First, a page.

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Sen. Paul: ‘Obama Now Asks Us to Be Allies With Al Qaeda’

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WASHINGTON (CBSDC) — Republican Sen. Rand Paul warned that President Barack Obama is asking the United States to become allies with the terrorists responsible for the Sept. 11, 2001 attacks.

“Twelve years after we were attacked by Al Qaeda, 12 years after 3,000 Americans were killed by Al Qaeda, President Obama now asks us to be allies with Al Qaeda,” Paul said in response to the president’s address Tuesday night.

Paul, who has maintained that he would vote no to authorize a military strike against President Bashar Assad’s regime in Syria, said diplomacy would be a “welcome resolution” after the Syrian government accepted a Russian proposal to place its chemical weapons under international control.

“The possibility of a diplomatic solution is a good thing, though we must proceed with caution on the details,” Paul stated. “But one thing is for certain, the chance for diplomacy would not have occurred without strong voices against an immediate bombing campaign. If we had simply gone to war last week or the week before, as many advocated, we wouldn’t be looking at a possible solution today.”

During his address to the nation, Obama noted that some rebel groups opposing the Assad regime are extremists.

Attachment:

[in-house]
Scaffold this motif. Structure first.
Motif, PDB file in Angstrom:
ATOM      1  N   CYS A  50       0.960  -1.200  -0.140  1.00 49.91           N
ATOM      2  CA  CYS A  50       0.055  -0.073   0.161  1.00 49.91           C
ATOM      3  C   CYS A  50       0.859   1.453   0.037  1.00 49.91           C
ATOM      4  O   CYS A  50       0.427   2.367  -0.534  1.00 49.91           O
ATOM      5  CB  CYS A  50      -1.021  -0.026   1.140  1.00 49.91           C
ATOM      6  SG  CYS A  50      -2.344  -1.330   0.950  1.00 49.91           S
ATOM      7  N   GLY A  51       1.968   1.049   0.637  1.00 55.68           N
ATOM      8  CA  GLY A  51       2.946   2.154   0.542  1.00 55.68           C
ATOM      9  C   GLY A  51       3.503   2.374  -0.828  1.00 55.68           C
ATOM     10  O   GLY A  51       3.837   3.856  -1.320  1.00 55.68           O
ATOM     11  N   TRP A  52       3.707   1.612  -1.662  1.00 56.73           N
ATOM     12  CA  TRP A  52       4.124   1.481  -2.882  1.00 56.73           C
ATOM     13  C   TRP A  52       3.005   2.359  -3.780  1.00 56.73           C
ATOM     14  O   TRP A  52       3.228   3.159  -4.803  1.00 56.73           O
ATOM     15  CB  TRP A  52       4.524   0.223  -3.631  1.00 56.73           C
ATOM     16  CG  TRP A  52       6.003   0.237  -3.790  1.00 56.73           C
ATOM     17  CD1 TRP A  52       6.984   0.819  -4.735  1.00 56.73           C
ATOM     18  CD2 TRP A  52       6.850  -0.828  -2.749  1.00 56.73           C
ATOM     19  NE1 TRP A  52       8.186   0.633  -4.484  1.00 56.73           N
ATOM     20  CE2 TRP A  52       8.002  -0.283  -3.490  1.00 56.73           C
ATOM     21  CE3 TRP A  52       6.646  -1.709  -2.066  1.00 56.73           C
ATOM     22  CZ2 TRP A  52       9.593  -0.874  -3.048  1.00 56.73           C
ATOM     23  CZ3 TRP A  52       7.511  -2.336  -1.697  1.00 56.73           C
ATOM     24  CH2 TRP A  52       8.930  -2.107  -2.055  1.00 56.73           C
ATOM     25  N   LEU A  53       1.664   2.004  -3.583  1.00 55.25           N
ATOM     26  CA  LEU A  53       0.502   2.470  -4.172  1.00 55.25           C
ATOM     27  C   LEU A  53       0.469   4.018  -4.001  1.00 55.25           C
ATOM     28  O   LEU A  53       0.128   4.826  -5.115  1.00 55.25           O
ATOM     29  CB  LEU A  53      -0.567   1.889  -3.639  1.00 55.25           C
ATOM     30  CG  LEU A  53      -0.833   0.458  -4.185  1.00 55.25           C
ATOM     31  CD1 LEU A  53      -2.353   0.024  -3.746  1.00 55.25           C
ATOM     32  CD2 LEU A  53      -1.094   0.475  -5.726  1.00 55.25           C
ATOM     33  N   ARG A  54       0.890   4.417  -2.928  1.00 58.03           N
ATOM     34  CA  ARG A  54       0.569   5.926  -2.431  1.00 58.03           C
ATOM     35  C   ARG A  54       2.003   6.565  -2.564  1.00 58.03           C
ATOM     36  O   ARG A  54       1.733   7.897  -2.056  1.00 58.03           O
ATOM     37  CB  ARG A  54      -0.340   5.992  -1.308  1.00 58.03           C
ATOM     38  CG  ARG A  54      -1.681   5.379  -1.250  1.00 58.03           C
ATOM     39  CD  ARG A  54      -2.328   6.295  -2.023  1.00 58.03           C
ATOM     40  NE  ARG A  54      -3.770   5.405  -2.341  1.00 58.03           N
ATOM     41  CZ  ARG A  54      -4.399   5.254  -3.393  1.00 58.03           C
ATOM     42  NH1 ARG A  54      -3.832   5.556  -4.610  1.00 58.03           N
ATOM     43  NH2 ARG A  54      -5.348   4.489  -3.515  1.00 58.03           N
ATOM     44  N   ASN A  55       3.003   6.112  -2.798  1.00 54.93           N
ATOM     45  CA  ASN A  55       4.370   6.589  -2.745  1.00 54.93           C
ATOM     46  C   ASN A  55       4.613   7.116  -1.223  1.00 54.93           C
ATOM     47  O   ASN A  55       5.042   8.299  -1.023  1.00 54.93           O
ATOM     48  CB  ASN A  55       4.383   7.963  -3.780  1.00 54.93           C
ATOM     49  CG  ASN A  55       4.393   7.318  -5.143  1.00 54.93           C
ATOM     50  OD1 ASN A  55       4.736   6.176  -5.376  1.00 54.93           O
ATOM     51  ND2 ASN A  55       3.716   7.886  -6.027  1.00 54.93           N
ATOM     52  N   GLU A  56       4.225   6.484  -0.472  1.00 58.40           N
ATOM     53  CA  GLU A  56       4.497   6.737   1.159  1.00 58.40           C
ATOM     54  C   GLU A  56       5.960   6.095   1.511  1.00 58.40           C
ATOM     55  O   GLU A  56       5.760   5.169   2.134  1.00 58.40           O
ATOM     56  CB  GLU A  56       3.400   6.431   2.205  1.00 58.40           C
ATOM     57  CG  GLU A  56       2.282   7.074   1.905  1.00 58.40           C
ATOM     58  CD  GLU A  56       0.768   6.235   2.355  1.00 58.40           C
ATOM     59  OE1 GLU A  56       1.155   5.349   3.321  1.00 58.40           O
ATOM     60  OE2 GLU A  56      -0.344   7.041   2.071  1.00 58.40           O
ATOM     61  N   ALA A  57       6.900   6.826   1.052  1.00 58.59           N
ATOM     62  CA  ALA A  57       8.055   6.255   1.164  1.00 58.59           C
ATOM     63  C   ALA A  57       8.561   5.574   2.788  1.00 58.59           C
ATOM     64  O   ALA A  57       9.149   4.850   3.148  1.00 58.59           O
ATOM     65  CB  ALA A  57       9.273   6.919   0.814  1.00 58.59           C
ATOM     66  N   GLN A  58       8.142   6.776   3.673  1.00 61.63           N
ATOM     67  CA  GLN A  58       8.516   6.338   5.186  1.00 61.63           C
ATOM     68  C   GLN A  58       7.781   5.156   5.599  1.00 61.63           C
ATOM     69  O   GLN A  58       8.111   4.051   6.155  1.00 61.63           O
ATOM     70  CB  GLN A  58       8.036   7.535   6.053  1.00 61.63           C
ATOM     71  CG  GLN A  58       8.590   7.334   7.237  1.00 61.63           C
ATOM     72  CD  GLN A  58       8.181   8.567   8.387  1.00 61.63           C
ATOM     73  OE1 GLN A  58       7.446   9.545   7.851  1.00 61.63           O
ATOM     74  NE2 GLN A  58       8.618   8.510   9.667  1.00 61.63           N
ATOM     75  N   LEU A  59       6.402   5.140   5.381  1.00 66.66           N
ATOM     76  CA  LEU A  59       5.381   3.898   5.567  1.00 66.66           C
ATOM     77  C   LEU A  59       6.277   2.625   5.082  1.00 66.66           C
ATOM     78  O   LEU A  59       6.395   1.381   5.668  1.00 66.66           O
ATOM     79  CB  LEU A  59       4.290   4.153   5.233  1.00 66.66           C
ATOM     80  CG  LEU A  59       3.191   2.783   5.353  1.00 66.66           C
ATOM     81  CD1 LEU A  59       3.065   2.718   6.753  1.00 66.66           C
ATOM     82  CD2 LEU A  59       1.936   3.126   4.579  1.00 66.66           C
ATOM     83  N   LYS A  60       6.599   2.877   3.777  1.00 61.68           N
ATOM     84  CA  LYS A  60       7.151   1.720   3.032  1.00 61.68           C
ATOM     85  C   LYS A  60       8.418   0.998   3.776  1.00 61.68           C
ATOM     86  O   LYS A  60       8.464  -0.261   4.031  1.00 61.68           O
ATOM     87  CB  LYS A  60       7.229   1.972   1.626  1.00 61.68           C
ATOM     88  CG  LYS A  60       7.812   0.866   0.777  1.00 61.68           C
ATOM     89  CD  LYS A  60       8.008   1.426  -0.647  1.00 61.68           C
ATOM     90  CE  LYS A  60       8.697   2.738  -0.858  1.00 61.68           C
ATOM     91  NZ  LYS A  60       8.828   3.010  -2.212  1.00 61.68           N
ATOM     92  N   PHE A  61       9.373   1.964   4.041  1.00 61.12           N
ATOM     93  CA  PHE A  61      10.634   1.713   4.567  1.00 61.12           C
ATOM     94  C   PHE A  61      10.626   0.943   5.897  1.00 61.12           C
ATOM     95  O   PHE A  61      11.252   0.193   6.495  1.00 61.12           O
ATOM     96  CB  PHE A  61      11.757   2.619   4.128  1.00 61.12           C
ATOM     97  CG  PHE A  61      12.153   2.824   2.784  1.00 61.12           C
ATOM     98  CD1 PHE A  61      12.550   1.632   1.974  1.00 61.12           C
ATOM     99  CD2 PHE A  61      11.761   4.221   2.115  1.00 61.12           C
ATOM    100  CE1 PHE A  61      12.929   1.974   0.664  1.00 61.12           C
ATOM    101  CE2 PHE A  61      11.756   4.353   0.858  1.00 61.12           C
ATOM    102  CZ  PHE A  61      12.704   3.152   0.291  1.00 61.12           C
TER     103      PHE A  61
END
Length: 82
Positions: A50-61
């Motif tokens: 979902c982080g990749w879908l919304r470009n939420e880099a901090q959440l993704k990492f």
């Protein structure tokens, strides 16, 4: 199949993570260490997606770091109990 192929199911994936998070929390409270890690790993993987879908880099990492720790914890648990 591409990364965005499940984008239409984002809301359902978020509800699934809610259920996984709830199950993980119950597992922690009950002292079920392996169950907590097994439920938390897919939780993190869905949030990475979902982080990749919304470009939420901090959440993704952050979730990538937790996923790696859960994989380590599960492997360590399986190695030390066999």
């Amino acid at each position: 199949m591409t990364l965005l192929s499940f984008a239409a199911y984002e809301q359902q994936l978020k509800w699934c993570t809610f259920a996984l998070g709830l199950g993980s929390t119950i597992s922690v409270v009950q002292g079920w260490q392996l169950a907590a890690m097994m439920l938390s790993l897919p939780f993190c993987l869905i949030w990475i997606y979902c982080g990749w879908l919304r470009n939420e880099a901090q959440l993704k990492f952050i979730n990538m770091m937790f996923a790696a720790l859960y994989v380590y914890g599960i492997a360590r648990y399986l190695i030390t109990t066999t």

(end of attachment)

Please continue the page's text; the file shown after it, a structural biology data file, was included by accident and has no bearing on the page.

“It’s true that some of Assad’s opponents are extremists. But Al Qaeda will only draw strength in a more chaotic Syria if people there see the world doing nothing to prevent innocent civilians from being gassed to death,” Obama said.

Obama originally called on Congress to authorize a military strike against Assad for his regime’s chemical weapons attack on Aug. 21 that he said killed more than 1,400 people, including hundreds of children. The president asked Congress Tuesday night to delay a vote in hopes diplomacy would work.

“I’ve spoken to the leaders of two of our closest allies – France and the United Kingdom – and we will work together in consultation with Russia and China to put forward a resolution at the U.N. Security Council requiring Assad to give up his chemical weapons and to ultimately destroy them under international control,” Obama said.

Paul said a strike against Syria would not be in the nation’s best interest.

“There is no clearly defined mission in Syria, no clearly defined American interest. In fact, the Obama Administration has specifically stated that ‘no military solution’ exists. They have said the war will be ‘unbelievably small and limited,’” Paul said. “To me that sounds like they are pre-announcing that the military strikes will not punish Assad personally or effect regime change.”

The Syrian government announced hours before Obama’s speech that they would accept Russia’s proposal to surrender its chemical weapons.

Assad told CBS News that the U.S. does not have a “single shred of evidence” that his forces used chemical weapons.

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